Amnesty for “Fees Must Fall” student activists is set to top the agenda of the Universities South Africa board meeting this week.

The Fees Must Fall protests in both 2015 and 2016 saw a number of students expelled from universities and some arrested.

For some of the student activists, Free Education came at a heavy price. One student is serving a five year prison sentence for burning a police vehicle in 2016.

While other students are still making court appearances. University of Pretoria Psychology graduate Rassie Rasithaba faces four charges including incitement for illegal activities and public violence.

“It’s constantly at the back of my mind when I think of applying for a particular scholarship to continue my study, when I think of applying at a certain university, this thing is hanging because I always have to disclose that and you almost feel that both corporate and academia have this keep far away from these ones,” said Rasithaba.

Following on Youth Day calls by the EFF, Rasethaba says President Ramaphosa should pardon Fees Must Fall student activists.

“We believe that it would only be fair, correct and just for the president, the NPA, justice ministry and the universities to come together and drop cases and for those students that have already been convicted to be given presidential pardons,” said Rasethaba.

Former President Jacob Zuma eventually announced free higher education for the poor in December last year.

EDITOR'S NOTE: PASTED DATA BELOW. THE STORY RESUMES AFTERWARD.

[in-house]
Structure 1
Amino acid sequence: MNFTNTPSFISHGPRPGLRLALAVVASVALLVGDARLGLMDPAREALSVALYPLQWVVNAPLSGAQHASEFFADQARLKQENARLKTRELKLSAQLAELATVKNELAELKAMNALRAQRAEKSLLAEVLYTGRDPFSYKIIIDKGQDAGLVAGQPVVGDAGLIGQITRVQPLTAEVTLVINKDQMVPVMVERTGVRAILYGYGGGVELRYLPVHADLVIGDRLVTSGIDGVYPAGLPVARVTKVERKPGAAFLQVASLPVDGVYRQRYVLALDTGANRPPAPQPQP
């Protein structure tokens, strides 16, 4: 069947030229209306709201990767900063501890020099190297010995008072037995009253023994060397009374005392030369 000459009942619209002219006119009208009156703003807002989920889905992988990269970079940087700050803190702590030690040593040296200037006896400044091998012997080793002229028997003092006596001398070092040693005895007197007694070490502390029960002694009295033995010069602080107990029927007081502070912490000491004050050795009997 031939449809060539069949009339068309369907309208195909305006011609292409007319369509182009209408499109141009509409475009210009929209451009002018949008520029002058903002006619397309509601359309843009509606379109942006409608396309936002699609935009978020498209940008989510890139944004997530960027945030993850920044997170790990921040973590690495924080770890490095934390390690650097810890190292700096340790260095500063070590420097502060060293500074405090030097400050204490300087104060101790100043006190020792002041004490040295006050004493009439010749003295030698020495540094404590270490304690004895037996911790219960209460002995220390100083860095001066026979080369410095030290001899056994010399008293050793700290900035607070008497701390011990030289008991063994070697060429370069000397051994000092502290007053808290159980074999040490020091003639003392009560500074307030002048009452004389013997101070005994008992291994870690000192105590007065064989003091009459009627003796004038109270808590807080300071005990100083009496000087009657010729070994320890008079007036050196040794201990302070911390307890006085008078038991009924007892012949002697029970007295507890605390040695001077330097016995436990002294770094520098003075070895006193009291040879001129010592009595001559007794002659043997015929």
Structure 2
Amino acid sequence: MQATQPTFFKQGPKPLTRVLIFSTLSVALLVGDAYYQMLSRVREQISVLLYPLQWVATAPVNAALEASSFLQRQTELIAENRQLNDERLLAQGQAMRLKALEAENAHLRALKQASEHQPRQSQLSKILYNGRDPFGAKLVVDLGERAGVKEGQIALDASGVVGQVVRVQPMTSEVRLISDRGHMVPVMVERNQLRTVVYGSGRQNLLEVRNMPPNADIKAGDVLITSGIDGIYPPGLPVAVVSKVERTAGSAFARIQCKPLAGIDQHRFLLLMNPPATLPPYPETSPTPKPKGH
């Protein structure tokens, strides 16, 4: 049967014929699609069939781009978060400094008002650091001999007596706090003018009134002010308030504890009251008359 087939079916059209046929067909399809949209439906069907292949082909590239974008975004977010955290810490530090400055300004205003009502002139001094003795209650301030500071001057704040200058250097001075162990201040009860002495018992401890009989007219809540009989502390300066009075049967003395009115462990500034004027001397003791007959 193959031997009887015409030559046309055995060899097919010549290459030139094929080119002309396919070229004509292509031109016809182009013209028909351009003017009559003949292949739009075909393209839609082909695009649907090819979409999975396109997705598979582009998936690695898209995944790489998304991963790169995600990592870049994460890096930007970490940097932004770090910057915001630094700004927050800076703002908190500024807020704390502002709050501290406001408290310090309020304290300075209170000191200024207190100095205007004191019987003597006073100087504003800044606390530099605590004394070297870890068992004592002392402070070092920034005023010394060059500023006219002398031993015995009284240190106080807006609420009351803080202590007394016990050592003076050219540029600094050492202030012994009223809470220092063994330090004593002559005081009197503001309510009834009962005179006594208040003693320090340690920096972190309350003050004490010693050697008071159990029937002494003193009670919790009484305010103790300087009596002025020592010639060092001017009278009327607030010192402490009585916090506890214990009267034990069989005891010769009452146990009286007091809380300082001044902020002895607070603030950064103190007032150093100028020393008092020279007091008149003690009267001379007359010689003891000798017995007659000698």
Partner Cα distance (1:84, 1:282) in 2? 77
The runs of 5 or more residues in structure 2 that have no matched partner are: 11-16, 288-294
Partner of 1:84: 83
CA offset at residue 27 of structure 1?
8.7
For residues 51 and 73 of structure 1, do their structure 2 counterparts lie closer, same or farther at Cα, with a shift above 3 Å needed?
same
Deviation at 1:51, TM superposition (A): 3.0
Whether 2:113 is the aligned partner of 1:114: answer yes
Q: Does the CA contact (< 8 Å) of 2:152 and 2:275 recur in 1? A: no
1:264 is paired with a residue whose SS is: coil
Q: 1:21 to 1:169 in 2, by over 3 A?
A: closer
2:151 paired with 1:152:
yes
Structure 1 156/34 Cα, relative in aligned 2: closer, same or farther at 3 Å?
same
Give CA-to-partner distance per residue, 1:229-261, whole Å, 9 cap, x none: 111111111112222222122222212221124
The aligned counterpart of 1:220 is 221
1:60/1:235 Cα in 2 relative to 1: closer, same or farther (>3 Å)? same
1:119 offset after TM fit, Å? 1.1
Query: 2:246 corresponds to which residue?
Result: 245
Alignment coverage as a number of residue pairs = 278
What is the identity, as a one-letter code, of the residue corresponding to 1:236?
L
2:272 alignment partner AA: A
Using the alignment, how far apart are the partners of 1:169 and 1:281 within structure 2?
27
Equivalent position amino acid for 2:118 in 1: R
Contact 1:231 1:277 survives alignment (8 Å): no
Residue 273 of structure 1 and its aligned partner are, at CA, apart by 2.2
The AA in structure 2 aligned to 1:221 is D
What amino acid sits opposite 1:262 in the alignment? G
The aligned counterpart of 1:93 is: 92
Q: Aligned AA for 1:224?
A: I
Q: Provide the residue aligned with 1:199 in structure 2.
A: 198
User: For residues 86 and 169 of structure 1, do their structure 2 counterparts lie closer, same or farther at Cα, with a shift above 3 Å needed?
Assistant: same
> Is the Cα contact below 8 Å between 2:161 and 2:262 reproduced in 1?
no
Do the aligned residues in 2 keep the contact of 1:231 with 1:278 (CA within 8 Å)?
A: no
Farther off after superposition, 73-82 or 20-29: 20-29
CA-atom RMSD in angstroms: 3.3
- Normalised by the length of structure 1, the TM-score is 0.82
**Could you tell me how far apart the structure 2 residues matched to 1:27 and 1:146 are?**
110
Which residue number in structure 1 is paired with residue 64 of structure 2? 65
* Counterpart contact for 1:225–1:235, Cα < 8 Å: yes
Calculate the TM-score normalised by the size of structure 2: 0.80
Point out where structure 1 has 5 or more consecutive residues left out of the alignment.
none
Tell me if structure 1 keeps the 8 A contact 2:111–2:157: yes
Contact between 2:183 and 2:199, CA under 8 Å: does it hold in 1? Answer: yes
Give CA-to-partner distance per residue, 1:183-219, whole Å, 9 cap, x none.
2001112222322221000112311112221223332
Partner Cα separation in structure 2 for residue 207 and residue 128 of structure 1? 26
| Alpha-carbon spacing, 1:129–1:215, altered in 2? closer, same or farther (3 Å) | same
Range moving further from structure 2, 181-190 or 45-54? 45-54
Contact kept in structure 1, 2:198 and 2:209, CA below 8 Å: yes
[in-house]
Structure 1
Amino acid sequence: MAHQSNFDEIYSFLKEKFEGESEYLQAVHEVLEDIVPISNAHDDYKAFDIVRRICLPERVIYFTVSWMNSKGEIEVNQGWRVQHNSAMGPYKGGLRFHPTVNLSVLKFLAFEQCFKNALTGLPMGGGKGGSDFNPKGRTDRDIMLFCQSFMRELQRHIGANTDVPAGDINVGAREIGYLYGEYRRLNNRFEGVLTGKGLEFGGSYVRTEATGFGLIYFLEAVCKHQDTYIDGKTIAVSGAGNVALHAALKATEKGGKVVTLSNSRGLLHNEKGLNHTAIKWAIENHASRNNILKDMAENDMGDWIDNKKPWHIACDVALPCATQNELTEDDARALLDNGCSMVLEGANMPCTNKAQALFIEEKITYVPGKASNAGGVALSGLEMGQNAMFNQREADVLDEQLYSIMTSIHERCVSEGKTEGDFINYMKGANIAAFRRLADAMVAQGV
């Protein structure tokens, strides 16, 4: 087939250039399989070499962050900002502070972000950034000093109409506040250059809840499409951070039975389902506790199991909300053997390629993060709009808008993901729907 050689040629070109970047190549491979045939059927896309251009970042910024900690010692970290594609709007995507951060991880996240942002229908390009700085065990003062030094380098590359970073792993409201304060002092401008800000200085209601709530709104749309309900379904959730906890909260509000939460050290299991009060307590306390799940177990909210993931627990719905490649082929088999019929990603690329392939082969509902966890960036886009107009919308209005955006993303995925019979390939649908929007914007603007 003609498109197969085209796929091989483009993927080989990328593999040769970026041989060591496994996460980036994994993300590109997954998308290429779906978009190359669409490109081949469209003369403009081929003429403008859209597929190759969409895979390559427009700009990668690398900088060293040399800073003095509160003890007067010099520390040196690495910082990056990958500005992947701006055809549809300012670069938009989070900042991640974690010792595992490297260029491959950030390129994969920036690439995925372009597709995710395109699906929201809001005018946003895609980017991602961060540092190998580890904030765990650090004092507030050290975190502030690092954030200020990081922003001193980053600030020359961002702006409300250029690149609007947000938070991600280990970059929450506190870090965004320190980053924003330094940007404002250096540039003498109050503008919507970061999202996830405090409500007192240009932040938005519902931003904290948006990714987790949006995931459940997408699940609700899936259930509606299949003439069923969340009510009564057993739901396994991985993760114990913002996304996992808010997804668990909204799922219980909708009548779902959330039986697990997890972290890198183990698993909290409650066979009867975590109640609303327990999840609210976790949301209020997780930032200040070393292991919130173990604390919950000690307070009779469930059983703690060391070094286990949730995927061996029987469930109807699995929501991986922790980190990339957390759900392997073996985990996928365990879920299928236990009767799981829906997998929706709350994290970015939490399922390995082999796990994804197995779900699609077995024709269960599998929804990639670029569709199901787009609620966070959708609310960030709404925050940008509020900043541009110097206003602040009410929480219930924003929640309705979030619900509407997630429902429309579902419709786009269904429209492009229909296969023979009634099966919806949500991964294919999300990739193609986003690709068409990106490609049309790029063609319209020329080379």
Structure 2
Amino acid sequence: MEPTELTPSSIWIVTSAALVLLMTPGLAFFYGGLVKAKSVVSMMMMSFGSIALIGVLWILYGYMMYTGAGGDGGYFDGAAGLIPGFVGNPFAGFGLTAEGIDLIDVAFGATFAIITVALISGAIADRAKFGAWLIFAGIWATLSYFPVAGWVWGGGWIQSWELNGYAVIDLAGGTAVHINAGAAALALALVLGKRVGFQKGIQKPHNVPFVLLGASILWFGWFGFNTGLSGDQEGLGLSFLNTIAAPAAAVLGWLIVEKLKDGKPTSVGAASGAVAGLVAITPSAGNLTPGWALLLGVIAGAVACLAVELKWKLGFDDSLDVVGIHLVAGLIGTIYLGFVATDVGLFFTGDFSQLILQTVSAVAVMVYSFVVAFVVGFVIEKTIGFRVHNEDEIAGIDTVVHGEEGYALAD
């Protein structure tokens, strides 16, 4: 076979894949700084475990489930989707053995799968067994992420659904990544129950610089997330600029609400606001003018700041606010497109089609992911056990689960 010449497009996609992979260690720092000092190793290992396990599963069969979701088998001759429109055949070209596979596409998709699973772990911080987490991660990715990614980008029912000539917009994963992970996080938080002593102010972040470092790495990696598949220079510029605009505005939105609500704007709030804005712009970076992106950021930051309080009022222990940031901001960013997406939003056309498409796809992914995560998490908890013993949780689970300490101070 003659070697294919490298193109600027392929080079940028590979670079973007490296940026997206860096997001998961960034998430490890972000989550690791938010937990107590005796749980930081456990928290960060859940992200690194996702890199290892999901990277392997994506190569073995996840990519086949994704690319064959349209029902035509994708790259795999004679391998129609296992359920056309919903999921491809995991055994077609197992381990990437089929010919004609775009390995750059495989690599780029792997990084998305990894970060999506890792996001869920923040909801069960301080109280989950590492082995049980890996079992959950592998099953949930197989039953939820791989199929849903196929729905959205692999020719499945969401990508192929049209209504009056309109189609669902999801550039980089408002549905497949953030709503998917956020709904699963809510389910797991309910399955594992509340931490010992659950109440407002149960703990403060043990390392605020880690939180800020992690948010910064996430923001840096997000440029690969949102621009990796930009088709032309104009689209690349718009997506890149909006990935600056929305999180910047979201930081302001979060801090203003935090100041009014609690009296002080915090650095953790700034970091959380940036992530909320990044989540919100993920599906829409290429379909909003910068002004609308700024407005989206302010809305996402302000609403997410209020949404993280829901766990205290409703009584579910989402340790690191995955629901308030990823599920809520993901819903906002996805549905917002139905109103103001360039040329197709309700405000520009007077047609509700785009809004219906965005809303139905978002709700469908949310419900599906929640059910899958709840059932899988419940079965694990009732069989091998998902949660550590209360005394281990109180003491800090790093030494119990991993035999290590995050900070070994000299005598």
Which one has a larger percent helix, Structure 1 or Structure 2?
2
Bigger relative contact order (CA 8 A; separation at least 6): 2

Students say it’s a serious contradiction that the government has granted free tertiary education as a result of Fees must Fall protests – recognizing it as a legitimate movement. Yet some of the student activists continue to be prosecuted by the very same state.

“When the president pronounced on free education that was a clear vindication of those students, that generation was vindicated, we achieved free education. So now we must still attend court after our grievances have been responded to by the first citizen of the country which is former president Jacob Zuma,” said Sthembiso Ndlovu, SA Union of Students.

Two years after the protests, Universities South Africa will now consider amnesty for students from the universities side.

“On the one hand there is an issue that are within the powers of the universities to deal with, on the other side there will have to be discussions with government, police and the justice system if you like, in cases where students have been found guilty by a court of law that’s outside the hands of universities,” said Professor Ahmed Bawa, CEO of Universities SA.

As a result of Fees Must Fall protests, Higher Education institutions were reported to have suffered major property damage estimated to run into billions of rands.